IDEAS home Printed from https://ideas.repec.org/
MyIDEAS: Log in (now much improved!) to save this paper

Why Don’t We Tax the Rich? Inequality, Legislative Malapportionment, and Personal Income Taxation around the World

  • Martin Ardanaz
  • Carlos Scartascini

    ()

Personal income taxation remains relatively low in many developing countries despite recent democratic advancement and rapid economic growth; this is hard to reconcile with standard political economy models of taxation. This paper argues that the details of political institutions help to explain these low levels of personal income taxation. In particular, legislative malapportionment enables rich elites to have disproportionate political influence. Because over-represented districts tend to be dominated by parties aligned with the elite, these groups can block legislative attempts to introduce progressive taxes. Using a sample of more than 50 countries (including 17 across Latin America) between 1990 and 2007, this paper finds that i) countries with historically more unequal distributions of wealth and income systematically present higher levels of legislative malapportionment, and ii) higher levels of malapportionment are associated with lower shares of personal income taxes in GDP.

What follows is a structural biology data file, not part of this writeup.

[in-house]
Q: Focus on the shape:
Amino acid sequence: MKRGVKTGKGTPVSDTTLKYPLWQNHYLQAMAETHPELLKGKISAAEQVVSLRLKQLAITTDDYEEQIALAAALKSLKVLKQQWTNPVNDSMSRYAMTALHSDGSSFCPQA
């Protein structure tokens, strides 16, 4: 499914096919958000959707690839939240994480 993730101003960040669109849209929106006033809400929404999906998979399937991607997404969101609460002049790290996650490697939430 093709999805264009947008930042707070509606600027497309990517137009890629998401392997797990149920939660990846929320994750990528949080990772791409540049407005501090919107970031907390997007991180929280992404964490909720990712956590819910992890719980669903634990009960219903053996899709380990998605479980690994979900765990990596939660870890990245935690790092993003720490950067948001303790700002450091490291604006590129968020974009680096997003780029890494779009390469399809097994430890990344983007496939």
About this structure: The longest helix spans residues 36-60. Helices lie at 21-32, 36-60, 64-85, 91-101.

If you experience problems downloading a file, check if you have the proper application to view it first. In case of further problems read the IDEAS help page. Note that these files are not on the IDEAS site. Please be patient as the files may be large.

File URL: http://www.iadb.org/research/pub_hits.cfm?pub_id=36555179
Download Restriction: no

Paper provided by Inter-American Development Bank, Research Department in its series Research Department Publications with number 4724.

as
in new window

Length:
Date of creation: Nov 2011
Date of revision:
Handle: RePEc:idb:wpaper:4724
Contact details of provider: Postal:
1300 New York Avenue, NW, Washington, DC 20577

Phone: 202-623-1000
Web page: http://www.iadb.org/res
Email: